A Tale of Three Kings has truly helped David to become my favorite Bible characters (other than Jesus, of course!).
From King Saul’s trying to kill the already anointed David … to David’s finally becoming king … to his son Absalom’s trying to overthrow his own father, David held loosely to the throne and tightly to the Lord.
Someone trying to convince David: “But you know that Absalom should not be king!”
David: “Do I? No man knows. Only God knows, and he has not spoken.”
David could have tried to stop Absalom. But could he do it in a way in which he could have remained true to himself, loyal to his integrity, consistent with whom the Lord called Him to be, and faithful to God? David didn’t think so. To hold tightly to his throne, he would have had to become someone else. And he’d been down that road before. He’d seen what happens when he pursues his desires instead of the Lord’s. He’d seen the mess it creates and the person he becomes.
Now, faced with the threat of Absalom’s overthrow, he didn’t want to go down that road again of his selfish pursuit. He didn’t want his way to be his personal plans of regal gain. After all, isn’t that what Saul and Absalom were all about?
If I stop him, will I still be a David? If I stop him, will I not be a Saul? To stop him, I must become either a Saul or an Absalom.
It is better that I be defeated, even killed, than to learn the ways of… a Saul or the ways of an Absalom.
Through these challenges to his reign, he remained committed to being a ‘David.’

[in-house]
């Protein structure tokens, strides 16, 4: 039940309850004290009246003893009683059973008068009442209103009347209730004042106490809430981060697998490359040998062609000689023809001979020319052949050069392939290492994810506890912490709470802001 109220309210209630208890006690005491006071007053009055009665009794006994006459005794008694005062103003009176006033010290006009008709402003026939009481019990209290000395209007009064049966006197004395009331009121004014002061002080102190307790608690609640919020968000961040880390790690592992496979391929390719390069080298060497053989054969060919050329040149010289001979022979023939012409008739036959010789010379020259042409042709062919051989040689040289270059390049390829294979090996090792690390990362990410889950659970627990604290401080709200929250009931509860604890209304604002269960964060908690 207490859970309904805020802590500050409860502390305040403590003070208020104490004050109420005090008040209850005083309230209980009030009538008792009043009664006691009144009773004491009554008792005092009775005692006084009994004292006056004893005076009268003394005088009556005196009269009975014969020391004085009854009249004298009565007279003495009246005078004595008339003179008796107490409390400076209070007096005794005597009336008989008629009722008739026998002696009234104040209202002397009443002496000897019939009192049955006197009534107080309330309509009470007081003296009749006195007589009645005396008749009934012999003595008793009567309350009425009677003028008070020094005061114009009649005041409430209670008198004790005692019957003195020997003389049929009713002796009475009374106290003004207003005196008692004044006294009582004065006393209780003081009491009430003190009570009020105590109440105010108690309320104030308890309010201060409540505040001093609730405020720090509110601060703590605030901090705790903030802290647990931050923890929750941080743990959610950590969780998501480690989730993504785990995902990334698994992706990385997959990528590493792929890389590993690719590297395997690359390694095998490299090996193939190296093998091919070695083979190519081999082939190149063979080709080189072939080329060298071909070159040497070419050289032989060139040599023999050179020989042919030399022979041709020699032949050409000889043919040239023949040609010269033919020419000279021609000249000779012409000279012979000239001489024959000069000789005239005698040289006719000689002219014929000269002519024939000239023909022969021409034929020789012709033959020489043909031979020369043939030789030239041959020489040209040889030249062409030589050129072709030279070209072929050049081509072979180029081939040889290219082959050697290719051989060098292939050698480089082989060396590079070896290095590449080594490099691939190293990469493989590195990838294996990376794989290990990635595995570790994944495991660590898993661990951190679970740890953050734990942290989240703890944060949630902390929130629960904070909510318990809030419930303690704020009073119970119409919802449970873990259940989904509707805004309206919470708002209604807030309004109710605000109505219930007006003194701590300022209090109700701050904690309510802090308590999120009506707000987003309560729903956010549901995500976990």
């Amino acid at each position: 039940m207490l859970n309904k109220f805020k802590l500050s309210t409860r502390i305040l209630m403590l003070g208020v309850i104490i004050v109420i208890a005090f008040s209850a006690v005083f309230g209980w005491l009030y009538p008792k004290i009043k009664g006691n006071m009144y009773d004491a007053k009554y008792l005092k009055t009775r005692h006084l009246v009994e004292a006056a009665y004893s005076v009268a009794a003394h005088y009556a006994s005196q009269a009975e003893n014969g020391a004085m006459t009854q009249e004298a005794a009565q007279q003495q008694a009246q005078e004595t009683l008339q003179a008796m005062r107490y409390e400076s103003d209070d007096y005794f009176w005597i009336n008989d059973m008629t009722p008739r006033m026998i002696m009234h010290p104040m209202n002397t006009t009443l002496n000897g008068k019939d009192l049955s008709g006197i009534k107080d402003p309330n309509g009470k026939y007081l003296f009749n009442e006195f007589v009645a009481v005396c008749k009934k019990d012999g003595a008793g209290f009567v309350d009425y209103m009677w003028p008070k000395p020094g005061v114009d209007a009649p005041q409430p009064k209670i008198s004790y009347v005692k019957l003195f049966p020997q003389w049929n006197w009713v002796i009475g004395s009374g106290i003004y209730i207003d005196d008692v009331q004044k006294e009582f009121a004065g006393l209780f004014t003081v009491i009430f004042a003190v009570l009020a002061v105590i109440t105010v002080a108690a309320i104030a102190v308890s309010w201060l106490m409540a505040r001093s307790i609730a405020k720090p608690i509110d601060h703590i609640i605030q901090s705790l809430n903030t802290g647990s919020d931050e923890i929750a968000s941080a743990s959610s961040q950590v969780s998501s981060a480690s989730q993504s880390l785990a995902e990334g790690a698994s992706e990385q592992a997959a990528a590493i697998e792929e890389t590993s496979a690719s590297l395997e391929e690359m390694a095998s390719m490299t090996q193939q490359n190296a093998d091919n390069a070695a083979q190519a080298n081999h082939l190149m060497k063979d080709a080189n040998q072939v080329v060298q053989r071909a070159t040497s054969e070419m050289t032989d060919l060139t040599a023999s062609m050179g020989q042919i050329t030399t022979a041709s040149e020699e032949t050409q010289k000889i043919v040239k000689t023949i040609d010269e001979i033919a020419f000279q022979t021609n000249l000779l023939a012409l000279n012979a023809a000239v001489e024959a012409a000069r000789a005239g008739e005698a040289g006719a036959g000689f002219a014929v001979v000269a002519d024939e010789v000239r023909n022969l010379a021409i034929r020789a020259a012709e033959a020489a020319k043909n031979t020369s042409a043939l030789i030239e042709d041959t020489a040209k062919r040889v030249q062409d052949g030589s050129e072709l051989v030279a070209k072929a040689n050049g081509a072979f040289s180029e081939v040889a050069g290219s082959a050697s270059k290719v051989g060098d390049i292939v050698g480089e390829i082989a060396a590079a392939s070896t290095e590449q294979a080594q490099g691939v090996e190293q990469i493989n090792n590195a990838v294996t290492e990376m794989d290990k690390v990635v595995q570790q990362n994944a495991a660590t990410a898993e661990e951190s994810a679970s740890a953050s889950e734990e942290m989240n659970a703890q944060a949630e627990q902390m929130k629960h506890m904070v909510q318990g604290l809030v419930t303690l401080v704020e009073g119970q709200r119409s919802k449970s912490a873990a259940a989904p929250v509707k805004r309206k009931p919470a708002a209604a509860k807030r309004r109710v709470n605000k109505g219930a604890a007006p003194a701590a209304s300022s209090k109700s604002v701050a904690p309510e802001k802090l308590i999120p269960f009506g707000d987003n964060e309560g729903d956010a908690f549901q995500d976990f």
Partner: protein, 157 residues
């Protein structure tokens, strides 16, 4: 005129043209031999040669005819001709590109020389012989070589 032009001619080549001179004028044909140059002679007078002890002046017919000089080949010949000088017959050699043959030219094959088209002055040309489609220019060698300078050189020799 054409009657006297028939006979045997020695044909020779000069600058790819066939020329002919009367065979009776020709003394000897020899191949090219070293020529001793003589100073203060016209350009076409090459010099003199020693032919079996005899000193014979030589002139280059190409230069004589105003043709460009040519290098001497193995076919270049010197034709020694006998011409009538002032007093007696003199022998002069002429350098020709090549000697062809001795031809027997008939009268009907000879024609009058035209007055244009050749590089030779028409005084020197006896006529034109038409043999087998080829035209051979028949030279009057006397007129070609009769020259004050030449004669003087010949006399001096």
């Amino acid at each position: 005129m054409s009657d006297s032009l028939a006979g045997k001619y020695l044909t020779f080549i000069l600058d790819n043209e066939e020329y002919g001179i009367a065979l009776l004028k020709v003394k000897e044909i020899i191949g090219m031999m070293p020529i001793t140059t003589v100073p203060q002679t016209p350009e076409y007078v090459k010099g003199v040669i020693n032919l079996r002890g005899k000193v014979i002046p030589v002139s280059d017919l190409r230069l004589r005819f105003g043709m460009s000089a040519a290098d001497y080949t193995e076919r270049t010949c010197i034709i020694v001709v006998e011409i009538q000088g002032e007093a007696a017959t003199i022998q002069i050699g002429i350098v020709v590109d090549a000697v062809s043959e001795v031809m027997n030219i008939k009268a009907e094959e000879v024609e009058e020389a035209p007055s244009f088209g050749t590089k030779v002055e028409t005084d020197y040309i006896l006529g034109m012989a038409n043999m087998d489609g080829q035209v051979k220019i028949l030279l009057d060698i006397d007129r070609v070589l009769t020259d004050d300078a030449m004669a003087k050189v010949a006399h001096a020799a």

In my old age I intend to be David still. Even if it costs me a throne, a kingdom, and perhaps my head.
He wanted his way to be the true King’s way.
But the Sauls and Absaloms of the world seem so powerful! Do we really let our adversaries simply run their course? Do we really let them potentially prevail?
That is an important question. And I just love David’s perspective:
“You underestimate your adversary,” retorted Abishai.
“You underestimate my God,” replied David serenely.
A Tale of Three Kings reminds me that no matter the circumstances, we must be Davids. We must stay true to the way of the Lord in seeking and doing the will of the Lord. To become a Saul or an Absalom in attempts to preserve the Lord’s will is the way of defeat. To honor the Lord is the Lord’s will.
So the outcome is the Lord’s. But the process is ours to honor: To be a David – even if it means losing the throne.
Praying for us, that the will of the true King stays serenely on our thrones!